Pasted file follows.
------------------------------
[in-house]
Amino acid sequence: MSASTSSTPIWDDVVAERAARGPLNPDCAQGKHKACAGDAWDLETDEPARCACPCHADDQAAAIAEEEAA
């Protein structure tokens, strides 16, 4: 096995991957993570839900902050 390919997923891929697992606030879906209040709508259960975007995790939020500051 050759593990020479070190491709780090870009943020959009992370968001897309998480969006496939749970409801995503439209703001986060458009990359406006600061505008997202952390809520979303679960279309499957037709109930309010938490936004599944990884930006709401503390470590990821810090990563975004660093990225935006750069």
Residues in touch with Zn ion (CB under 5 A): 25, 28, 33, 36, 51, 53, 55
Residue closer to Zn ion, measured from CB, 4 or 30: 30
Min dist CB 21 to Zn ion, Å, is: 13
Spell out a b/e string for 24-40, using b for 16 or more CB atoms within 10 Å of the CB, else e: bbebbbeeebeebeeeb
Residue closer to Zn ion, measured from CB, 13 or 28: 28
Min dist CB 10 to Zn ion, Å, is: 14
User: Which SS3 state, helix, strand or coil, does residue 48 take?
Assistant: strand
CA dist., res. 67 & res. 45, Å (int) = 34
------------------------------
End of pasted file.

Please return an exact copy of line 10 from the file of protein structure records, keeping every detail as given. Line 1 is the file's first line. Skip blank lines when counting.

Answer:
User: Which SS3 state, helix, strand or coil, does residue 48 take?